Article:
Copper’s modest losses, on the back of a day of strong gains, suggest that the overall sentiment for the metal’s future is positive. Still, analysts have cautioned that they key for the future of copper is whether or not European leaders are able to agree to a plan to tackle the European debt crisis. The next crucial date is December 9, when theEuropean Union Summit is scheduled to take place. The European Central Bank signaled it was ready to take stronger action to fight Europe’s debt crisis if political leaders agree next week on much tighter budget controls in the 17-nation Eurozone.

Copper’s downside was also limited by upbeat data in the United States, the world’s largest economy. The US has churned out some promising economic data; most recently the US’s manufacturing data set a bullish tone. The pace of growth in the US manufacturing sector picked up in November at its strongest level since June, data showed earlier, while US constructions pending increased more than expected in October. Today, a global manufacturing report was released that showed that, unfortunately America is the only economy to be witnessing manufacturing growth. The data in Europe points toward recession-level manufacturing growth and indicates that China’s growth is cooling.

In light of the mixed economic data across the globe, the major investment houses have differing opinions on how copper will perform, in the near term. A year ago today an analysts were almost unanimously bullish over copper’s outlook.  Today, commodities powerhouse Goldman Sachs (NYSE:GS) announced that it will maintain its “overweight” recommendation on commodities for the next 12 months, forecasting a 15 percent rally, as potential supply shortages in the physical markets could push markets higher. In a statement, Goldman stated “increasingly tighter physical markets driven by destocking and increasing supply disappointments leave many commodity markets extremely vulnerable to upside in the near to medium term.” Goldman’s competitors, including JP Morgan (NYSE:JPM) and Morgan Stanley (NYSE:MS) have a more bearish outlook for the commodities.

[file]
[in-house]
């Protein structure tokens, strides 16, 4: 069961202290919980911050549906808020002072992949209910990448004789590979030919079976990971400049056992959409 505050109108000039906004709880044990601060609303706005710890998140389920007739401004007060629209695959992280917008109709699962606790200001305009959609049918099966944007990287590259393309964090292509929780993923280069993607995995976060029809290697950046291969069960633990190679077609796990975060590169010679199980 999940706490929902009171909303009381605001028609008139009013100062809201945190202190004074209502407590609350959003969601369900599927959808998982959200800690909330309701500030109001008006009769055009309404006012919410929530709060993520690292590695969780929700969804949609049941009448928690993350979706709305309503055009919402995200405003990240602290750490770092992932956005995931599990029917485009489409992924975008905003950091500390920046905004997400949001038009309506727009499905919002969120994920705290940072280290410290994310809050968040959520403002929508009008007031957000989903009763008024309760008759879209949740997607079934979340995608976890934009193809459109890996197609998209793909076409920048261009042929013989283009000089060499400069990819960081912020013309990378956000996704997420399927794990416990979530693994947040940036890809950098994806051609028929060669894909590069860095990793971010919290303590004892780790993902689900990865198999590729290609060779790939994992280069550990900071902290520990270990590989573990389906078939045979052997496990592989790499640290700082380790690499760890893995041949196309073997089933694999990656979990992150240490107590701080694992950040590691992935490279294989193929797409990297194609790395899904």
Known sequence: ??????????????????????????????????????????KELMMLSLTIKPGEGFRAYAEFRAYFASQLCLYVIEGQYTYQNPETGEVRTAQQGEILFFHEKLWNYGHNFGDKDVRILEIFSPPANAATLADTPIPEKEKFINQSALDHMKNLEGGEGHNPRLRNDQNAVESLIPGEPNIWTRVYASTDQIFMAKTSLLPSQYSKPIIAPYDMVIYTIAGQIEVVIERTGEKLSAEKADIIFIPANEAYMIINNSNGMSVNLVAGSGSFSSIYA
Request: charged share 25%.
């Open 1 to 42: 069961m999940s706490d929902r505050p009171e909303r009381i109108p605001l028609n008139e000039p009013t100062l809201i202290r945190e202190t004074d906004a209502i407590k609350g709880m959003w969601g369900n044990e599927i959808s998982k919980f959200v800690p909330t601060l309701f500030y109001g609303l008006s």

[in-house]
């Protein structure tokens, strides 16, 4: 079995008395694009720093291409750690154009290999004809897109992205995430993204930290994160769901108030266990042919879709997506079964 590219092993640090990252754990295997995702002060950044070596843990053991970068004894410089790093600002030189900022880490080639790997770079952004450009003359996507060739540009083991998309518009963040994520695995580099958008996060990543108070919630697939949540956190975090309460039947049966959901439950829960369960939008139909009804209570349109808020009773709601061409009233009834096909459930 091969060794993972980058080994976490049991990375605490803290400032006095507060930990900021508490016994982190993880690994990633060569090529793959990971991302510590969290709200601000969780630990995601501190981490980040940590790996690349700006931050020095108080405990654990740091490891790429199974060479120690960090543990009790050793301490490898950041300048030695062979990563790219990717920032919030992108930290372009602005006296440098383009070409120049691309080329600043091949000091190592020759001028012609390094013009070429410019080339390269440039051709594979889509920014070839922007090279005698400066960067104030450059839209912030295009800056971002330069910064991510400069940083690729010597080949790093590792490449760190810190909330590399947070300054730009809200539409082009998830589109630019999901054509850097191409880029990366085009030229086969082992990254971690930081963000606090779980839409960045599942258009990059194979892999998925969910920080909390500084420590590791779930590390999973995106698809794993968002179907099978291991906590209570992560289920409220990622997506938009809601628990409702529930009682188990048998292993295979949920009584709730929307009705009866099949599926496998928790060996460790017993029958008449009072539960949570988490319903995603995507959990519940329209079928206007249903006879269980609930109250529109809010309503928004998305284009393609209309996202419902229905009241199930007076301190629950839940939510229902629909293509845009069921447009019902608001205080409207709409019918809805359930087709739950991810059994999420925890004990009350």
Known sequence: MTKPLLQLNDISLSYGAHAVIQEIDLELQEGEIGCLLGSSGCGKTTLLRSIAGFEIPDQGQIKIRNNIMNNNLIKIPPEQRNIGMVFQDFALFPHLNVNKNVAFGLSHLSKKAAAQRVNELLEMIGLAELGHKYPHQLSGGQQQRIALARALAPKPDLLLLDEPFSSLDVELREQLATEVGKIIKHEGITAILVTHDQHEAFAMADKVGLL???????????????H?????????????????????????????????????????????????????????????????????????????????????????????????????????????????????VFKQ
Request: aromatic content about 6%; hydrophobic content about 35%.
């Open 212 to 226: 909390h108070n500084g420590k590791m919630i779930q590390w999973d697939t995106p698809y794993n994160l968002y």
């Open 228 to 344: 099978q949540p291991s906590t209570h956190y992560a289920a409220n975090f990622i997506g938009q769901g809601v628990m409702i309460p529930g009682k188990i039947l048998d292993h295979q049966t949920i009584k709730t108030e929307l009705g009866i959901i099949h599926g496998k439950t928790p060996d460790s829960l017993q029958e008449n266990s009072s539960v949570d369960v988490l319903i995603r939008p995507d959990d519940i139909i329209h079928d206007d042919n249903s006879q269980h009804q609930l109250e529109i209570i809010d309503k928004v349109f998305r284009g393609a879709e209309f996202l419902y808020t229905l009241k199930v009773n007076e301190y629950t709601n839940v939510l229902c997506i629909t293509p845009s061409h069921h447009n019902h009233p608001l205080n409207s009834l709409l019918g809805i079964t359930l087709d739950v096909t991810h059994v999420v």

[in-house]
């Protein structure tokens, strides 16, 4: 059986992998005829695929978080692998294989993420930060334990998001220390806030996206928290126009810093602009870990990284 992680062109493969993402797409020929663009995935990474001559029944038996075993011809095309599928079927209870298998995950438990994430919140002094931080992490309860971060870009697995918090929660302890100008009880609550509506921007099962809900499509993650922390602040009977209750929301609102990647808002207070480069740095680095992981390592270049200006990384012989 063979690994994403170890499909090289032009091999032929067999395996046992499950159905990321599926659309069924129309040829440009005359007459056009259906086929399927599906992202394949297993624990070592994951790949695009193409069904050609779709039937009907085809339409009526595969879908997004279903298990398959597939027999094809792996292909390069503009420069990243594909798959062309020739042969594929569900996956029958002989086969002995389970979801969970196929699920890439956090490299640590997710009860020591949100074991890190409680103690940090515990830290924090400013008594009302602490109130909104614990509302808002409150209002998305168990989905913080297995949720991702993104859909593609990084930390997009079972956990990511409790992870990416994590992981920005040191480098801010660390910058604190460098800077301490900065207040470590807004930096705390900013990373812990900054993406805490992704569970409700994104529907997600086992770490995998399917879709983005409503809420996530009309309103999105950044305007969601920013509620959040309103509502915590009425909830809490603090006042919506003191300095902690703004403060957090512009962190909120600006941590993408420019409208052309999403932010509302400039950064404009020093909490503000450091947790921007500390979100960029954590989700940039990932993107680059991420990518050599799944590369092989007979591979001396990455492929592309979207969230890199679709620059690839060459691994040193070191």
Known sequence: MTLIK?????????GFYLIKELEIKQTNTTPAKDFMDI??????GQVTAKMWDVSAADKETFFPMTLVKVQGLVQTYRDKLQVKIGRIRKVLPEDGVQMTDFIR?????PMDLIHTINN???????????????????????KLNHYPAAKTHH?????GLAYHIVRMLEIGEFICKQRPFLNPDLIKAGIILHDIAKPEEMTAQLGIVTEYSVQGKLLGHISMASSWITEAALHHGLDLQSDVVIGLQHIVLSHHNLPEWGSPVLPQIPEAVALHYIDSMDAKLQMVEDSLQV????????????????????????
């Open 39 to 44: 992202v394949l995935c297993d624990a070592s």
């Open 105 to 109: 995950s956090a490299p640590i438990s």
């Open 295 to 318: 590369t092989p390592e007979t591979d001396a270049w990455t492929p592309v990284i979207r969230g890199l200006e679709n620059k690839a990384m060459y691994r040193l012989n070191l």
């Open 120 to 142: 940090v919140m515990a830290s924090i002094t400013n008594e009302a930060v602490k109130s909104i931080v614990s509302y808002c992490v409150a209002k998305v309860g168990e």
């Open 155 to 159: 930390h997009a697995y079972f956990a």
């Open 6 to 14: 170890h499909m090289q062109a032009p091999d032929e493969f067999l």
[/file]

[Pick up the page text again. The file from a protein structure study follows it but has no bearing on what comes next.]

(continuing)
Company news

Newmont Mining (NYSE:NEM), the developers of the giant Conga gold and copper mine in northern Peru decided to suspended the project late Tuesday night, saying they were bowing to a demand from the government of President Ollanta Humala. Much of the northern district of Cajamarca has been paralyzed the last six days by general strikes called by people opposed to the development of the Conga project.

Violence in the region escalated Tuesday, as protesters burned an office at the site of the proposed mine and clashes between protesters and police in the area left 17 injured and two arrested. Newmont, has proposed investing $4.8 billion in the new project, which could produce between 580,000 and 680,000 ounces of gold a year and 155 million to 235 million pounds of copper for the first five years. The government had projected it would receive royalties and taxes totaling $800 million annually once the mine was fully operational after 2014. The project was initially approved by former President Alan Garcia and given the stamp of approval by Humala, who took office in July. There was some nervousness over the future of mining in Peru, once Humala was elected.  Humala has been critiqued for having a  ”left wing- anti-mining” politcal viewpoint. He is also good friends with the controversial leader of Venezuela, Hugo Chavez.